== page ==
23NN0.159 ± 0.0030.157 ± 0.0020.153 ± 0.0050.003 ± 0.0004
24Minor0.425 ± 0.0040.425 ± 0.0110.412 ± 0.0080.010 ± 0.0002
25Gannett3.27 ± 0.0253.282 ± 0.0453.245 ± 0.0340.162 ± 0.0464
26Grasshopper2.48 ± 0.0262.465 ± 0.0142.453 ± 0.0340.111 ± 0.0283
27J0.344 ± 0.0040.345 ± 0.0040.331 ± 0.0040.007 ± 0.0001
28Sourdough0.922 ± 0.0010.923 ± 0.0060.895 ± 0.0300.028 ± 0.0036
29NN0.087 ± 0.0030.086 ± 0.0030.088 ± 0.0090.001 ± 0.0003
30NN0.286 ± 0.0050.281 ± 0.0170.274 ± 0.0120.006 ± 0.0003
31NN0.275 ± 0.0160.297 ± 0.0070.324 ± 0.0120.007 ± 0.0002
32Connie0.332 ± 0.0030.332 ± 0.0000.303 ± 0.0220.006 ± 0.0002
33NN0.442 ± 0.0030.434 ± 0.0030.468 ± 0.0510.012 ± 0.0004
34Downs0.518 ± 0.0030.516 ± 0.0110.516 ± 0.0090.013 ± 0.0007
35NN0.127 ± 0.0040.128 ± 0.0050.125 ± 0.0220.002 ± 0.0004
36NN0.770 ± 0.0110.770 ± 0.0060.685 ± 0.0780.020 ± 0.0018
37NN0.246 ± 0.0000.244 ± 0.0070.242 ± 0.0340.005 ± 0.0003
38NN0.389 ± 0.0080.387 ± 0.0060.368 ± 0.0480.008 ± 0.0000
39NN0.146 ± 0.0000.144 ± 0.0040.145 ± 0.0140.002 ± 0.0004
40NN0.010 ± 0.0000.098 ± 0.0030.115 ± 0.0140.002 ± 0.0004
41NN0.051 ± 0.0010.053 ± 0.0010.131 ± 0.0040.002 ± 0.0004
42NN0.039 ± 0.0010.038 ± 0.0010.062 ± 0.0010.001 ± 0.0003
43Continental2.671 ± 0.0092.648 ± 0.0082.661 ± 0.0320.124 ± 0.0328
44Harrower0.141 ± 0.0020.145 ± 0.0040.160 ± 0.0040.003 ± 0.0004

4. Conclusion

This study investigated the area and volume changes from 2006 to 2012 of 44 glaciers in the Wind River Range, Wyoming. Glacier extents were delineated using historical aerial photographs and the methods presented in Thompson et al. [1]. With glacier melt contributing to streamflow in the Western United States, its analysis has important implications for the future management of water in the west. While glaciers in the Wind River Range decreased approximately 2% in surface area and 4% in volume from 2006 to 2012, glacier area and volume changes are highly variable in the United States. Marston et al. [14] examined Dinwoody Glacier from 1958 to 1983 and found an aerial reduction of 15.4%. They predicted Dinwoody Glacier would disappear by 2010. With a 2012 surface area of 2.312 km2, Dinwoody Glacier has only decrease by 32% in the last 54 years. Based on this data, it seems that glacier recessions have slowed down.
While glacier aspect (solar radiation) and avalanche will impact glacier recession or growth, temperature and precipitation (snowpack) are the primary climatic drivers of alpine glacier variability. It appears the downward trend in snowpack is the most likely driver of the glacier recession (area loss) observed in the previous and current research efforts. Mote et al. [33] observed a similar trend of declining snowpack in the western U.S. from 1950 to 1997, including the current study region. Thus, if Global Circulation Models (GCMs) continue to forecast higher temperatures and lower precipitation in the western U.S., alpine glaciers are likely to continue in a period of recession.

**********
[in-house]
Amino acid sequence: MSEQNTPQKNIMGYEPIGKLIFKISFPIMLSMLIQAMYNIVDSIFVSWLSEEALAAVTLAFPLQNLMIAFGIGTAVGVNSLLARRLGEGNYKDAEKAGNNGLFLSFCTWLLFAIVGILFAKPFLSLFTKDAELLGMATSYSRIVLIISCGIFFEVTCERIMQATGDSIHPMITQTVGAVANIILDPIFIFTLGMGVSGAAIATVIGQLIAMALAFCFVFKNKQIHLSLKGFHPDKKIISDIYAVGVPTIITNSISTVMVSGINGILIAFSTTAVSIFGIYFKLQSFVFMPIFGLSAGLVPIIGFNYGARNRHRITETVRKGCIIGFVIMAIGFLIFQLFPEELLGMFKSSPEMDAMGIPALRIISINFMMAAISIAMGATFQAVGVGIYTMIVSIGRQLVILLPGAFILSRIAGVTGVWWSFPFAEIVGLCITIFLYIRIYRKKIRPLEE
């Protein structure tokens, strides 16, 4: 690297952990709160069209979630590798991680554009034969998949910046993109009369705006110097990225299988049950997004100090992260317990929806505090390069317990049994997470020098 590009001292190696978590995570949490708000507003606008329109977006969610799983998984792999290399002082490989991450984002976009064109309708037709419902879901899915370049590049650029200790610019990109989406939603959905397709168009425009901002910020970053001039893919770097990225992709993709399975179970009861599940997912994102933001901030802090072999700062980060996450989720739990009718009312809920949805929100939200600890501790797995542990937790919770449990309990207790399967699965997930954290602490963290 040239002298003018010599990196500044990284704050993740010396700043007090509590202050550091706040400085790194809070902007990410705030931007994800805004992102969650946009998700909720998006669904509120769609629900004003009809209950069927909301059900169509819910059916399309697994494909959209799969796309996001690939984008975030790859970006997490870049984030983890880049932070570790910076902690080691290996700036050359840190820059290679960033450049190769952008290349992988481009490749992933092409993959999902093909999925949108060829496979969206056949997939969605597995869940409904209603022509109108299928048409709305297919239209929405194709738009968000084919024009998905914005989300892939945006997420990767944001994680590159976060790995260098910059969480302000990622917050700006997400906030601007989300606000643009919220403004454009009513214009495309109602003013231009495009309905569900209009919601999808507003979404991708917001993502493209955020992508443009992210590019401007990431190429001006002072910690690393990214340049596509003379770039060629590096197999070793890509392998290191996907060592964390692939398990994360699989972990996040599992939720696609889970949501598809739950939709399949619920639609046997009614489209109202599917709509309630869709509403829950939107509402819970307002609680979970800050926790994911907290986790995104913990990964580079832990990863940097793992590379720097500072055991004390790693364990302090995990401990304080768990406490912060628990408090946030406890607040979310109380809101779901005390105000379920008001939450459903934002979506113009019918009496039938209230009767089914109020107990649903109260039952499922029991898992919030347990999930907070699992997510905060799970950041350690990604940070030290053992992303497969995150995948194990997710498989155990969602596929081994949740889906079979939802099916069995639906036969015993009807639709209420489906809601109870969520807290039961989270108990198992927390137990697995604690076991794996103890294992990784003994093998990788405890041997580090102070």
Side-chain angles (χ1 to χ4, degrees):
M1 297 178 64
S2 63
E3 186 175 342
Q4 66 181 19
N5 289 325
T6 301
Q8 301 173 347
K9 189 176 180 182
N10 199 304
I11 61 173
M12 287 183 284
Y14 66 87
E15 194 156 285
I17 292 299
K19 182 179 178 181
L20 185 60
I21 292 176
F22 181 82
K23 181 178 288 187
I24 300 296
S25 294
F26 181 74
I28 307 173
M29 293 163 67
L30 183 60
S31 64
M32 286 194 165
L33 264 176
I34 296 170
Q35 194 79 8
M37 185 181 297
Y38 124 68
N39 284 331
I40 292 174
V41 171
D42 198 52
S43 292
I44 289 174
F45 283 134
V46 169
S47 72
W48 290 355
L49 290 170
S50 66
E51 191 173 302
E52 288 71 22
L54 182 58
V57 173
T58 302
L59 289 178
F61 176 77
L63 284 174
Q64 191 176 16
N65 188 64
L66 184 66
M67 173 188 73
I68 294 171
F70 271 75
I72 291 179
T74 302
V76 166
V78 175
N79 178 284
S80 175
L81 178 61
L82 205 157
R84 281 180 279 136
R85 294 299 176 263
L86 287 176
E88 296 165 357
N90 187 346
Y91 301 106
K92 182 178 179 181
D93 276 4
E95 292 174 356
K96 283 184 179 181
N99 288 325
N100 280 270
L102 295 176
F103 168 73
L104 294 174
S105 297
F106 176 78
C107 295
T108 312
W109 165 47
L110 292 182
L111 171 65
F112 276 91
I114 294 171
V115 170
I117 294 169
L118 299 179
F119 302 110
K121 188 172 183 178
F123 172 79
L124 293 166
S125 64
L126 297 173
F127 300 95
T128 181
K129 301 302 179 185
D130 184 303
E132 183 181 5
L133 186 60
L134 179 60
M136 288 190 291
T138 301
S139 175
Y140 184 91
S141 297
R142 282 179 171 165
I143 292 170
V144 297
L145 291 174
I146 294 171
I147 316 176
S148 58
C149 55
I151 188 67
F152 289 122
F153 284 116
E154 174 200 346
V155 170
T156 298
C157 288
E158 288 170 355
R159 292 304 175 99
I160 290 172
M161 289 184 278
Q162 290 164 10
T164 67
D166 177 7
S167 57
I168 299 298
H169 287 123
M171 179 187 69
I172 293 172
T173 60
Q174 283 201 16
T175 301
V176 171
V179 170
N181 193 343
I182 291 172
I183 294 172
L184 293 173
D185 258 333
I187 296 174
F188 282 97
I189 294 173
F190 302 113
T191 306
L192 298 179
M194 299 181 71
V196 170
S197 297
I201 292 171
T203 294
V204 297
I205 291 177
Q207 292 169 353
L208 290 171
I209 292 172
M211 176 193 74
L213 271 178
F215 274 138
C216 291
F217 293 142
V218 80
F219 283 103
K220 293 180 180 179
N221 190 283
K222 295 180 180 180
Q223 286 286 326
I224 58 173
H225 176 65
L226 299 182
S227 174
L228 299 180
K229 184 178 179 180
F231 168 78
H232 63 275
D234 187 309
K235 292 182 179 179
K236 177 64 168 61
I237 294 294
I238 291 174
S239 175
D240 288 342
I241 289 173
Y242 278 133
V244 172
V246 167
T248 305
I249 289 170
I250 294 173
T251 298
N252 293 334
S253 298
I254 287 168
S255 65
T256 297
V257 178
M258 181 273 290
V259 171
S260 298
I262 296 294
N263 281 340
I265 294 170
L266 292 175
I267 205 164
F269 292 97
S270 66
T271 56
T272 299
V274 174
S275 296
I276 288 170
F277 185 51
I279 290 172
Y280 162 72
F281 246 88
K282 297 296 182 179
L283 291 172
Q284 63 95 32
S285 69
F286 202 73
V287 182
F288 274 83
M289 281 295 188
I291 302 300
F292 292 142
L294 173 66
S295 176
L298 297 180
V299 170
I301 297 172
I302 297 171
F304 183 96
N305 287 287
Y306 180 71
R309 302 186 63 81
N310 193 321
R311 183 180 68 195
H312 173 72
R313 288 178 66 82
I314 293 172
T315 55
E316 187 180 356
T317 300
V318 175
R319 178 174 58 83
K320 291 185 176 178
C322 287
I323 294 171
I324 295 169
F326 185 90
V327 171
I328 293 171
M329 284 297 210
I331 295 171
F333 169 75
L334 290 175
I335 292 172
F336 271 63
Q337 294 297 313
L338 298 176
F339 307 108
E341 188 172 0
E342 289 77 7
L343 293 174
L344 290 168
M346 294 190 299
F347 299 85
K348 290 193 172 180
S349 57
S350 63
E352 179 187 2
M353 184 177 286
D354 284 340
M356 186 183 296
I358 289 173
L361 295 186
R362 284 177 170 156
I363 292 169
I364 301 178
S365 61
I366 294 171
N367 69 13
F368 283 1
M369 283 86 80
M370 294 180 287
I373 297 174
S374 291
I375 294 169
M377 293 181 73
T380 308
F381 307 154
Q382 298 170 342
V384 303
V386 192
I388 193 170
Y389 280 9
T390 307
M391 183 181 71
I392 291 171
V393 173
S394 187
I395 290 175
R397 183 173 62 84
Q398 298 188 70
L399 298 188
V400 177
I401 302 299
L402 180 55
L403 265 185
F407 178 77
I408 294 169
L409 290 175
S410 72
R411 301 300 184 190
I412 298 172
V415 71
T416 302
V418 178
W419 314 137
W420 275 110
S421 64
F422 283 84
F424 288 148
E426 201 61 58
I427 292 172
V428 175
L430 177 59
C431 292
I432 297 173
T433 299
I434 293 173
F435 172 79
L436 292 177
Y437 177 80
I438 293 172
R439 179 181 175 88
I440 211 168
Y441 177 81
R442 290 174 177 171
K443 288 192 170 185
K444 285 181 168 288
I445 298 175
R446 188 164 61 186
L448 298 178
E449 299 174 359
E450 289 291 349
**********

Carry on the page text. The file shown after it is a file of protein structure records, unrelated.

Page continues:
This research is supported by the Wyoming Water Development Commission and the State of Wyoming Water Research Program. The authors would like to acknowledge Teal Wyckoff at WyGISC for her help obtaining the aerial imagery.

Author Contributions

Abigail Maloof wrote the introduction and data and methods section and contributed to the abstract, results, and conclusion. Jesse Piburn added major input and revisions throughout the data and methods section. Glenn Tootle contributed to the abstract and provided the data and research for temperature and snowpack. Greg Kerr contributed to the conclusion and added significant expertise in the field of glacier recession.

Conflicts of Interest

The authors declare no conflict of interest.


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Maloof, A.; Piburn, J.; Tootle, G.; Kerr, G. Recent Alpine Glacier Variability: Wind River Range, Wyoming, USA. Geosciences 2014, 4, 191-201.

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Maloof A, Piburn J, Tootle G, Kerr G. Recent Alpine Glacier Variability: Wind River Range, Wyoming, USA. Geosciences. 2014; 4(3):191-201.

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Maloof, Abigail, Jesse Piburn, Glenn Tootle, and Greg Kerr. 2014. "Recent Alpine Glacier Variability: Wind River Range, Wyoming, USA" Geosciences 4, no. 3: 191-201.